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Credit Markets with Differences in Abilities; Education, Distribution, and Growth

  • Jose De Gregorio
  • Se-Jik Kim

This paper addresses the growth, welfare, and distributional effects of credit markets. We construct a general equilibrium model where human capital is the engine of growth and individuals differ in their education abilities. We argue that the existence of credit markets encourages specialization, by which individuals choose during their youth to work or to receive formal education. This specialization unambiguously increases growth and welfare. The model also shows that in economies with high (low) average level of education abilities, the opening of credit markets induces a more disperse (equal) income distribution.

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Paper provided by International Monetary Fund in its series IMF Working Papers with number 94/47.

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Length: 36
Date of creation: 01 Apr 1994
Date of revision:
Handle: RePEc:imf:imfwpa:94/47
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  1. Li, Hongyi & Squire, Lyn & Zou, Heng-fu, 1998. "Explaining International and Intertemporal Variations in Income Inequality," Economic Journal, Royal Economic Society, vol. 108(446), pages 26-43, January.
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  3. Abhijit Banerjee & Andrew F. Newman, 1989. "Risk-Bearing and the Theory of Income Distribution," Discussion Papers 877, Northwestern University, Center for Mathematical Studies in Economics and Management Science.
  4. Galor, Oded & Tsiddon, Daniel, 1997. " The Distribution of Human Capital and Economic Growth," Journal of Economic Growth, Springer, vol. 2(1), pages 93-124, March.
  5. Ljungqvist, Lars, 1993. "Economic underdevelopment : The case of a missing market for human capital," Journal of Development Economics, Elsevier, vol. 40(2), pages 219-239, April.
  6. Greenwood, Jeremy & Jovanovic, Boyan, 1990. "Financial Development, Growth, and the Distribution of Income," Journal of Political Economy, University of Chicago Press, vol. 98(5), pages 1076-1107, October.
  7. Oded Galor & Joseph Zeira, 2013. "Income Distribution and Macroeconomics," Working Papers 2013-12, Brown University, Department of Economics.
  8. Pagano, Marco, 1993. "Financial markets and growth: An overview," European Economic Review, Elsevier, vol. 37(2-3), pages 613-622, April.
  9. De Gregorio, Jose, 1996. "Borrowing constraints, human capital accumulation, and growth," Journal of Monetary Economics, Elsevier, vol. 37(1), pages 49-71, February.
  10. Stokey, Nancy L, 1991. "Human Capital, Product Quality, and Growth," The Quarterly Journal of Economics, MIT Press, vol. 106(2), pages 587-616, May.
  11. Peter Gottschalk & Timothy M. Smeeding, 1997. "Cross-National Comparisons of Earnings and Income Inequality," Journal of Economic Literature, American Economic Association, vol. 35(2), pages 633-687, June.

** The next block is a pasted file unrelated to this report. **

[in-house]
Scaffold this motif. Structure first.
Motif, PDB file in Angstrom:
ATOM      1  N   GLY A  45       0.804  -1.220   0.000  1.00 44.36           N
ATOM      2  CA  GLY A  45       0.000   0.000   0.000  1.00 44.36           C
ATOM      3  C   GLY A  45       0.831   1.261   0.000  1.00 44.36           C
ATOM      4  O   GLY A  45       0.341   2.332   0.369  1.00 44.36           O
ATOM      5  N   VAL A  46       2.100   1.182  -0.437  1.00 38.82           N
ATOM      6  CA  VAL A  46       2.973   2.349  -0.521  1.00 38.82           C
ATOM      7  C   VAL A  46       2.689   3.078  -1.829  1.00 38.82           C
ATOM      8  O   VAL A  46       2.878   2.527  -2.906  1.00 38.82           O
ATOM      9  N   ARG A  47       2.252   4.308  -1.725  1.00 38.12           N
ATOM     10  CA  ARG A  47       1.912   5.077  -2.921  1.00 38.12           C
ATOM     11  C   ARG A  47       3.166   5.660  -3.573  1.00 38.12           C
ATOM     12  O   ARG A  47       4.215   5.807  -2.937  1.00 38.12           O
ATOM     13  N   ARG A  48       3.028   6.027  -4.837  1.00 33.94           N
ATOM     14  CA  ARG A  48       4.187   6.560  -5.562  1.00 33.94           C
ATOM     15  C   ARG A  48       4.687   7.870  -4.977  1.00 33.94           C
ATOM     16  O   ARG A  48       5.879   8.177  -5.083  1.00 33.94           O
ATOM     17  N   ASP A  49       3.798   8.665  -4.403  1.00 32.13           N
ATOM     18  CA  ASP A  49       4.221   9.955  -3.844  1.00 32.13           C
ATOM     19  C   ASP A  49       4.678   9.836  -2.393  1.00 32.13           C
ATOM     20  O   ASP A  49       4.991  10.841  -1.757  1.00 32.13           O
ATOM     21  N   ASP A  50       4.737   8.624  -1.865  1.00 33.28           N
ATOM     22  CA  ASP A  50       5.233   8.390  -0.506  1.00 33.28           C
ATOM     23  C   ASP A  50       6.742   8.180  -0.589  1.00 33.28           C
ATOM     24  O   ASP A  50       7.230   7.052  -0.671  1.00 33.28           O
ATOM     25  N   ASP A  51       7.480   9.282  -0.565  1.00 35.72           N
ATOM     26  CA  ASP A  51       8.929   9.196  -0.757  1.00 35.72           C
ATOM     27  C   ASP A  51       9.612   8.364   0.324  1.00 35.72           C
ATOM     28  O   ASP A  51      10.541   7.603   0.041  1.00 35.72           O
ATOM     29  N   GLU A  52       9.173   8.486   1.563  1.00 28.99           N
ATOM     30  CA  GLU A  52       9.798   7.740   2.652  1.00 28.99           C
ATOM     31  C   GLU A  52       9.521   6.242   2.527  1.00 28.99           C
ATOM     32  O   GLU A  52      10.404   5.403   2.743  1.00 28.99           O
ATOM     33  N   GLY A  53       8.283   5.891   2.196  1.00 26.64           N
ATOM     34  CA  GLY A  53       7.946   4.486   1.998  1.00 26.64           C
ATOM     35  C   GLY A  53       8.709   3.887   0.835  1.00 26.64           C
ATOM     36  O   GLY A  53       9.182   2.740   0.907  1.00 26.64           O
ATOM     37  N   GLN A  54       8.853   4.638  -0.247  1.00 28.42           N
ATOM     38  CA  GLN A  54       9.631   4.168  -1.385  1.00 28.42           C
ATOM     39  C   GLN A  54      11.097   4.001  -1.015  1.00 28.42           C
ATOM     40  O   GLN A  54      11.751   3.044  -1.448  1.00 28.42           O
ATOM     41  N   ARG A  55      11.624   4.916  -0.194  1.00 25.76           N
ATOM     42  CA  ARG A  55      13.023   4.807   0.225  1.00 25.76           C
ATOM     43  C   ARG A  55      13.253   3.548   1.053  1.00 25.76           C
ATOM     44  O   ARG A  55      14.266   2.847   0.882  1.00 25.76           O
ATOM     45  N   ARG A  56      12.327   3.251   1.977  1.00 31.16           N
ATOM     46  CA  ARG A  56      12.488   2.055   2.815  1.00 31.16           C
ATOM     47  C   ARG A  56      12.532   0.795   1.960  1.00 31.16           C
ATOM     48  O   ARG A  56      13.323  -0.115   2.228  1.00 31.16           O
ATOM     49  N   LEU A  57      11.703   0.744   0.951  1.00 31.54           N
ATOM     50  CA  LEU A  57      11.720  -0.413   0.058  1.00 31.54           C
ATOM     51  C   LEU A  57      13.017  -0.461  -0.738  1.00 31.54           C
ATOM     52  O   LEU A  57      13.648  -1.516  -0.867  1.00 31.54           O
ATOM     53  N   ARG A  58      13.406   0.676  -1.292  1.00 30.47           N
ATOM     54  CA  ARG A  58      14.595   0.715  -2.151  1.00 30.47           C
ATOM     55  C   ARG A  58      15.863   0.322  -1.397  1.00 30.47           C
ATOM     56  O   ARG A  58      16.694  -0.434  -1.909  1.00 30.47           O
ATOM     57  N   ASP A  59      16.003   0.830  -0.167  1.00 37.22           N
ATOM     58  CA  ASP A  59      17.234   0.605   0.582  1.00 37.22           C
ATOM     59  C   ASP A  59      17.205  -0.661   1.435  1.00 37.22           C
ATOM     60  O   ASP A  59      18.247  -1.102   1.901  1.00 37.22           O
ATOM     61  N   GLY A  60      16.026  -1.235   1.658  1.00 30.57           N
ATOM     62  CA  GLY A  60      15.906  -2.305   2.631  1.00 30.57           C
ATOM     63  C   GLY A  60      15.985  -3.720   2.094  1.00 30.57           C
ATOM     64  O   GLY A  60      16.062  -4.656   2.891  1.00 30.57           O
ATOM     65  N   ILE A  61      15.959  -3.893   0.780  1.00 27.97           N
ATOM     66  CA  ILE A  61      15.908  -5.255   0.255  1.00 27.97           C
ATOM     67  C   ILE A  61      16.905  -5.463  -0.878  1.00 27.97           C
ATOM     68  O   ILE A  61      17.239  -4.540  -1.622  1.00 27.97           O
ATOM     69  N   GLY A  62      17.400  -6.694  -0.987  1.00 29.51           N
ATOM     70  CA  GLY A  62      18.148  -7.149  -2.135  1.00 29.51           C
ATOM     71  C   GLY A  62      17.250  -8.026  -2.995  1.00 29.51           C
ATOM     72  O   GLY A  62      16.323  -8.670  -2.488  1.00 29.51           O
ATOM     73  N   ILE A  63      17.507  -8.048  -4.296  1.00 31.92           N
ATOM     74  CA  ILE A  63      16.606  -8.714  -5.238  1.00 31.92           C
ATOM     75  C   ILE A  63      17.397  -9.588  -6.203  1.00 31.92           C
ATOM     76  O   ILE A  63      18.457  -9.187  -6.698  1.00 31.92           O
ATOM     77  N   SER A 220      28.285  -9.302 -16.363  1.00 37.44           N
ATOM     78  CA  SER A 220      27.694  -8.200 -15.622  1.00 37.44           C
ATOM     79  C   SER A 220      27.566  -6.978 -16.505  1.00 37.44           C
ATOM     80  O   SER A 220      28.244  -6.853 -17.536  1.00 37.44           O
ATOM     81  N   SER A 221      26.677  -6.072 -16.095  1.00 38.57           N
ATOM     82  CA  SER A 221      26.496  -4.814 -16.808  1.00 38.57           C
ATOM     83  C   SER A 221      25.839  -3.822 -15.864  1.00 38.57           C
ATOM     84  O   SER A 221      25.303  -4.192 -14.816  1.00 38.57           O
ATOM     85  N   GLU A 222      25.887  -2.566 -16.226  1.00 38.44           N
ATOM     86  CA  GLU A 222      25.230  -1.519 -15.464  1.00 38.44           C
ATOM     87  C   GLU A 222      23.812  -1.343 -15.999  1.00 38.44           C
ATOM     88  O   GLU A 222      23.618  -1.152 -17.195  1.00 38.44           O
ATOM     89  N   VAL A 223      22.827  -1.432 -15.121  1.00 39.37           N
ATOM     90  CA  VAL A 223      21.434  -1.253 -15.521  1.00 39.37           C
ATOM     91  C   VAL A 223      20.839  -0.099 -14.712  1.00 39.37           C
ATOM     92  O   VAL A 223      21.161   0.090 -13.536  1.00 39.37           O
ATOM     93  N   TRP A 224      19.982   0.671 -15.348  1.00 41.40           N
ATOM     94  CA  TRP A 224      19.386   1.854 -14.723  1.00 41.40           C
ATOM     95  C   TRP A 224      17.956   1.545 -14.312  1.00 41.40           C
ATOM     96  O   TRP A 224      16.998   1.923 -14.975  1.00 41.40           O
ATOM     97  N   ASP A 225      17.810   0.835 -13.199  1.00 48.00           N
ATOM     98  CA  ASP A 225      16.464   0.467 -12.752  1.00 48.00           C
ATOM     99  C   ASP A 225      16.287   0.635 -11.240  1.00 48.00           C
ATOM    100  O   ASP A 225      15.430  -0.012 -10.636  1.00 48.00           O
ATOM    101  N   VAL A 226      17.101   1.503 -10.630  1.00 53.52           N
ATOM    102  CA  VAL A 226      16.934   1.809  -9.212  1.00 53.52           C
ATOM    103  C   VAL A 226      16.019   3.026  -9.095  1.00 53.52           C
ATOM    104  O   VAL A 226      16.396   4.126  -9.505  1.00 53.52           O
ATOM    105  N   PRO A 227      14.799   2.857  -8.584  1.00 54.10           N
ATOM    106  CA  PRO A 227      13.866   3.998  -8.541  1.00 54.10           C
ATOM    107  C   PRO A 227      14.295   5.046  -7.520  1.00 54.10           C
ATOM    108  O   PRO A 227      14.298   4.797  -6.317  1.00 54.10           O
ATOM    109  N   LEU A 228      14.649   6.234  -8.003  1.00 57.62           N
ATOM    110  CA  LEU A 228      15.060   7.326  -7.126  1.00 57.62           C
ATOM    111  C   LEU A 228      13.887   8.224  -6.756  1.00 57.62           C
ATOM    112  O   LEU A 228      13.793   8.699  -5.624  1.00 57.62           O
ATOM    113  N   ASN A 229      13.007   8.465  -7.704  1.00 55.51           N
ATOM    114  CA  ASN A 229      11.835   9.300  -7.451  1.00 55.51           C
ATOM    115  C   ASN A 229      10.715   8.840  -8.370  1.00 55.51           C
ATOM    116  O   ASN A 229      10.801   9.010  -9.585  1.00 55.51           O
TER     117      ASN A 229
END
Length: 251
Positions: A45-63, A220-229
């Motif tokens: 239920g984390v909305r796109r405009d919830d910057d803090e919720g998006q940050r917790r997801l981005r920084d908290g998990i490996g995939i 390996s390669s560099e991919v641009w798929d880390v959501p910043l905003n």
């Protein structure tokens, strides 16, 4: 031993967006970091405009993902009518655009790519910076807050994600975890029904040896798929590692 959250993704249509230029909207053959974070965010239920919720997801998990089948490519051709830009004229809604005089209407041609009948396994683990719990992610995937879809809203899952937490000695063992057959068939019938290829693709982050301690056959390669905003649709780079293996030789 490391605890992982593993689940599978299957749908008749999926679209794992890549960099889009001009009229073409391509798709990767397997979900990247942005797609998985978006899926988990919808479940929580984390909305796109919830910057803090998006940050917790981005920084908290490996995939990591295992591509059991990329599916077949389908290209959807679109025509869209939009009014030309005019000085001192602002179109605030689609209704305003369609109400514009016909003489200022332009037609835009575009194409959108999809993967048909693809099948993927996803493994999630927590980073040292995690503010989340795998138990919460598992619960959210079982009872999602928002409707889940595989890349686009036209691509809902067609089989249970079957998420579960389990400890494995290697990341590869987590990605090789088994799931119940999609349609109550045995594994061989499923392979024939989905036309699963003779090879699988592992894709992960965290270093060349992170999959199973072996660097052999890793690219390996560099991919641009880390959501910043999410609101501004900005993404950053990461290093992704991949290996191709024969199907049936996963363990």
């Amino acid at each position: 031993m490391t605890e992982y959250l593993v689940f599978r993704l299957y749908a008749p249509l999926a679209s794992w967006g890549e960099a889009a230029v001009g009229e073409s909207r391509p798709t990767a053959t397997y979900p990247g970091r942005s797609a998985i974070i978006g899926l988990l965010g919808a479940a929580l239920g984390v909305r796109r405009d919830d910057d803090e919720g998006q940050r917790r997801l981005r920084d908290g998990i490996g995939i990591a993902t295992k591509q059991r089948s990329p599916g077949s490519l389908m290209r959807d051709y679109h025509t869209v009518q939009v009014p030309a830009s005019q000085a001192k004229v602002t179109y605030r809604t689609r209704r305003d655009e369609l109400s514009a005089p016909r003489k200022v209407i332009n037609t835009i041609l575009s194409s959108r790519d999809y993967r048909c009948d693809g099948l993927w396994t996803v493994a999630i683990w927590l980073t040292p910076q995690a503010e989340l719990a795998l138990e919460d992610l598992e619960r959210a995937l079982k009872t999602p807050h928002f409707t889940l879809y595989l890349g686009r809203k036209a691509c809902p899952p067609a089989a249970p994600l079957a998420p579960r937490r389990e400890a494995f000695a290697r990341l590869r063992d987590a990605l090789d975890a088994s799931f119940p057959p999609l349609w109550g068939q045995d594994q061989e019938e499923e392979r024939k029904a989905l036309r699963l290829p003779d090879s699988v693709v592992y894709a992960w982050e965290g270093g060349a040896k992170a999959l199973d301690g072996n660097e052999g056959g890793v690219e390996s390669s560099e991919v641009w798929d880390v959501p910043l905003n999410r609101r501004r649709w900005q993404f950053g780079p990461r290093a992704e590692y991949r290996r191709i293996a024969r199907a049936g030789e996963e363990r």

12. Bencivenga, V.R. & Smith, B.D., 1988. "Financial Intermediation And Endogenous Growth," RCER Working Papers 124, University of Rochester - Center for Economic Research (RCER).
  13. Loury, Glenn C, 1981. "Intergenerational Transfers and the Distribution of Earnings," Econometrica, Econometric Society, vol. 49(4), pages 843-67, June.
  14. Perotti, Roberto, 1993. "Political Equilibrium, Income Distribution, and Growth," Review of Economic Studies, Wiley Blackwell, vol. 60(4), pages 755-76, October.
  15. Barro, Robert J., 1974. "Are Government Bonds Net Wealth?," Scholarly Articles 3451399, Harvard University Department of Economics.
  16. Greenwood, Jeremy & Smith, Bruce D., 1997. "Financial markets in development, and the development of financial markets," Journal of Economic Dynamics and Control, Elsevier, vol. 21(1), pages 145-181, January.
  17. King, Robert G. & Levine, Ross, 1993. "Finance, entrepreneurship and growth: Theory and evidence," Journal of Monetary Economics, Elsevier, vol. 32(3), pages 513-542, December.
  18. Atkinson, A-B, 1996. "Bringing Income Distribution in from the Cold," Economics Papers 117, Economics Group, Nuffield College, University of Oxford.
  19. Laitner, John, 1993. "Long-run equilibria with borrowing constraints and altruism," Journal of Economic Dynamics and Control, Elsevier, vol. 17(1-2), pages 65-96.
  20. De Gregorio, Jose & Guidotti, Pablo E., 1995. "Financial development and economic growth," World Development, Elsevier, vol. 23(3), pages 433-448, March.
  21. Kim, Se-Jik & Kim, Yong Jin, 2000. "Growth gains from trade and education," Journal of International Economics, Elsevier, vol. 50(2), pages 519-545, April.
  22. Behrman, Jere R & Pollak, Robert A & Taubman, Paul, 1989. "Family Resources, Family Size, and Access to Financing for College Education," Journal of Political Economy, University of Chicago Press, vol. 97(2), pages 398-419, April.
  23. Lucas, Robert Jr., 1988. "On the mechanics of economic development," Journal of Monetary Economics, Elsevier, vol. 22(1), pages 3-42, July.
  24. Guiso, Luigi & Jappelli, Tullio, 1991. "Intergenerational transfers and capital market imperfections : Evidence from a cross-section of Italian households," European Economic Review, Elsevier, vol. 35(1), pages 103-120, January.
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